example, the Diabetes Control and Complications Trial demonstrated how to improve clinical management of patients with insulin-dependent diabetes. But the trial required special skills of both patients and clinicians, services that many insurance policies do not cover, and delivery of care by patient-centered teams (Lasker, 1993).


Figure 4–1 illustrates the multiple ways in which the priority conditions, once identified, can be applied. First, they can be used to synthesize the evidence base and delineate practice guidelines. This application is closely linked to and should guide the organization of care and coordination of care around patient needs. The priority conditions can also be applied in developing information systems, reducing suboptimization in payment for services, and simplifying the measurement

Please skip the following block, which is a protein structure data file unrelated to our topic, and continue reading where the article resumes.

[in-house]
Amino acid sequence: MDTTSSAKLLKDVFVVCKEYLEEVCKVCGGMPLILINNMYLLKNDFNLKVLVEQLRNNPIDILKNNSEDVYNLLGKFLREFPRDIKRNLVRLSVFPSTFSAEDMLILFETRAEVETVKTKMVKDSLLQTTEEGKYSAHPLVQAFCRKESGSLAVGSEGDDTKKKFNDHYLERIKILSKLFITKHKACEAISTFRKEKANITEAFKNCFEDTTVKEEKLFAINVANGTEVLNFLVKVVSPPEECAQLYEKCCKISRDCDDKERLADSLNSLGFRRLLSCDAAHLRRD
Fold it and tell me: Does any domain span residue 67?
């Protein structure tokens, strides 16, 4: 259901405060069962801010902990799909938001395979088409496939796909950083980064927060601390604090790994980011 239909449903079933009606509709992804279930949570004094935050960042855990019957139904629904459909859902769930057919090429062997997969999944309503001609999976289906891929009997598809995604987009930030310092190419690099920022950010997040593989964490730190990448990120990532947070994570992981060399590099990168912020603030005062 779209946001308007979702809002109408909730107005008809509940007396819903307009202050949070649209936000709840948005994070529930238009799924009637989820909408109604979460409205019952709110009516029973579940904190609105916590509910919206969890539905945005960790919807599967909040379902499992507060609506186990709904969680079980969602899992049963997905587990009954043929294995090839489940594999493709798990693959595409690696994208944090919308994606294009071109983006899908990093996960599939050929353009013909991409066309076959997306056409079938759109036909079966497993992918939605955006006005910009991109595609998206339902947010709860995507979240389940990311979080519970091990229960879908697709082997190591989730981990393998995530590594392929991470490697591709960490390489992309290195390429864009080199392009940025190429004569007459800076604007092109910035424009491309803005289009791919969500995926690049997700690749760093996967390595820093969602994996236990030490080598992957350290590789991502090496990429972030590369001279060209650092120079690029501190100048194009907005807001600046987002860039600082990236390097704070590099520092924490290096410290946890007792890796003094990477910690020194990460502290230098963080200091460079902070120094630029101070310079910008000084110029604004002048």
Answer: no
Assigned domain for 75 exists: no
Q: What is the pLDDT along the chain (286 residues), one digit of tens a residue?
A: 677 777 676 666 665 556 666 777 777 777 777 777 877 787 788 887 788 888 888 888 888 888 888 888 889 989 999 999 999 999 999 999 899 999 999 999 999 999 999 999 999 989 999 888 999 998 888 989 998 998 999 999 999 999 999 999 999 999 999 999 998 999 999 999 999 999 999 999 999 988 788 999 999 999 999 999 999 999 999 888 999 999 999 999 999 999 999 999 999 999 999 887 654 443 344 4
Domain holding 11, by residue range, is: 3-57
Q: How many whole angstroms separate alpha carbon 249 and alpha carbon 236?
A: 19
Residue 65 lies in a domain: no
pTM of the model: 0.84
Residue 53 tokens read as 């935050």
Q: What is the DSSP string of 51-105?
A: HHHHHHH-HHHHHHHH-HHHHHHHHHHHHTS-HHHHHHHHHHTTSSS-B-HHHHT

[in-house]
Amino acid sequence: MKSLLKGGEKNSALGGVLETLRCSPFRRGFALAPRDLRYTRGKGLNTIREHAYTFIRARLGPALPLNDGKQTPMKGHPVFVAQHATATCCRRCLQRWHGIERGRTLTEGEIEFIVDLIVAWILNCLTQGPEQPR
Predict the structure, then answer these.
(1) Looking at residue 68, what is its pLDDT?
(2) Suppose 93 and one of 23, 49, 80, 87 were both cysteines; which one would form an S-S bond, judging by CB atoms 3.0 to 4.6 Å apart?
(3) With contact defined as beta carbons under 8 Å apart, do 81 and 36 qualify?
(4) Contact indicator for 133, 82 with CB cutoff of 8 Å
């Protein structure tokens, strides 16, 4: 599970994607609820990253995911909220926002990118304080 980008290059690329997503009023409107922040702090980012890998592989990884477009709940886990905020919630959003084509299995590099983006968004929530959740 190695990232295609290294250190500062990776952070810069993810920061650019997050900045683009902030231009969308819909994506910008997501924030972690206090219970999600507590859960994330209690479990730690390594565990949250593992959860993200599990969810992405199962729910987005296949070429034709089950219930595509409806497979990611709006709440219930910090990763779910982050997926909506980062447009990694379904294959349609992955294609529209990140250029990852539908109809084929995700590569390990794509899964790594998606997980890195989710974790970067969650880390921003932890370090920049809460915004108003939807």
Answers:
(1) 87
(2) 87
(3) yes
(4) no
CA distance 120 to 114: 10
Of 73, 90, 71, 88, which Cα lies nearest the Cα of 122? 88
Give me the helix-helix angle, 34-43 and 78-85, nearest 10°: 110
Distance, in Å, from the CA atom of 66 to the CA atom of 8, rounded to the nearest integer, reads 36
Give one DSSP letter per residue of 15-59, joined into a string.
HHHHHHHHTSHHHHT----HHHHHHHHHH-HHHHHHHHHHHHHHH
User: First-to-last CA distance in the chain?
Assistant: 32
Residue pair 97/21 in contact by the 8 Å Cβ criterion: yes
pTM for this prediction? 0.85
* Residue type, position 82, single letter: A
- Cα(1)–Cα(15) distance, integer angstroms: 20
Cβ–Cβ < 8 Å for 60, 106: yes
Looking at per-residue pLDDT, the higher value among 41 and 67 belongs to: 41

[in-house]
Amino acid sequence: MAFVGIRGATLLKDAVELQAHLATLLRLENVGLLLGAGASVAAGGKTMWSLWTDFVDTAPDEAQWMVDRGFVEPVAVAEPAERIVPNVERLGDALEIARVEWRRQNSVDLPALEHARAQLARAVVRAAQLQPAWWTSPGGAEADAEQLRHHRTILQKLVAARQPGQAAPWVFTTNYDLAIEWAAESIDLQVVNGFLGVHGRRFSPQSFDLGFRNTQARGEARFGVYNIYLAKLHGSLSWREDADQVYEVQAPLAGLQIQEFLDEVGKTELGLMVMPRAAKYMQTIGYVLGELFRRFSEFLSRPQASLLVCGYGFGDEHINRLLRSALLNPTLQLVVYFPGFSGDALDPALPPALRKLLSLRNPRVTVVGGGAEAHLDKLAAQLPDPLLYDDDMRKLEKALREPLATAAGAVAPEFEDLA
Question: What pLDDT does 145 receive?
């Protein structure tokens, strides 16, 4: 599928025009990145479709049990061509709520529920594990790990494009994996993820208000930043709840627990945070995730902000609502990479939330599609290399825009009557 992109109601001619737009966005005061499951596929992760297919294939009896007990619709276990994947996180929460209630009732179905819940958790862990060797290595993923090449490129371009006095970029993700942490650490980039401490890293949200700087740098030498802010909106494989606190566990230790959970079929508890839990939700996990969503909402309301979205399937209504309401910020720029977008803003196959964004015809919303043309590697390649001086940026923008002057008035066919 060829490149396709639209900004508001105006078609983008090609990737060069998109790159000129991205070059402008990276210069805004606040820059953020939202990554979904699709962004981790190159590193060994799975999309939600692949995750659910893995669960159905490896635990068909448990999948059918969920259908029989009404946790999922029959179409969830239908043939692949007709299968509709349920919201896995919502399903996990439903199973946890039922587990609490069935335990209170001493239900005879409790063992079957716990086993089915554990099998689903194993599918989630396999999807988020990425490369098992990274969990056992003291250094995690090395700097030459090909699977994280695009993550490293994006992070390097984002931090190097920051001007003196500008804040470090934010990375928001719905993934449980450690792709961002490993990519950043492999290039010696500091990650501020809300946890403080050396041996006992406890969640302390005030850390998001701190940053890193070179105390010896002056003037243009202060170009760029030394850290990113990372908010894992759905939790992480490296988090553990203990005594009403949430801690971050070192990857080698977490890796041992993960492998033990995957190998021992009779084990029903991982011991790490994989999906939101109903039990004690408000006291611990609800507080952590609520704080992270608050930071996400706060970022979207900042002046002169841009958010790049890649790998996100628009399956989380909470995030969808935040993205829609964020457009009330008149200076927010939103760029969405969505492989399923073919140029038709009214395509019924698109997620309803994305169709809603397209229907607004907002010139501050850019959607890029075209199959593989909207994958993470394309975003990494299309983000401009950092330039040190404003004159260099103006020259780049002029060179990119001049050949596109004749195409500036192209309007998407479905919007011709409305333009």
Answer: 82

FIGURE 4–1 Applications of priority conditions.

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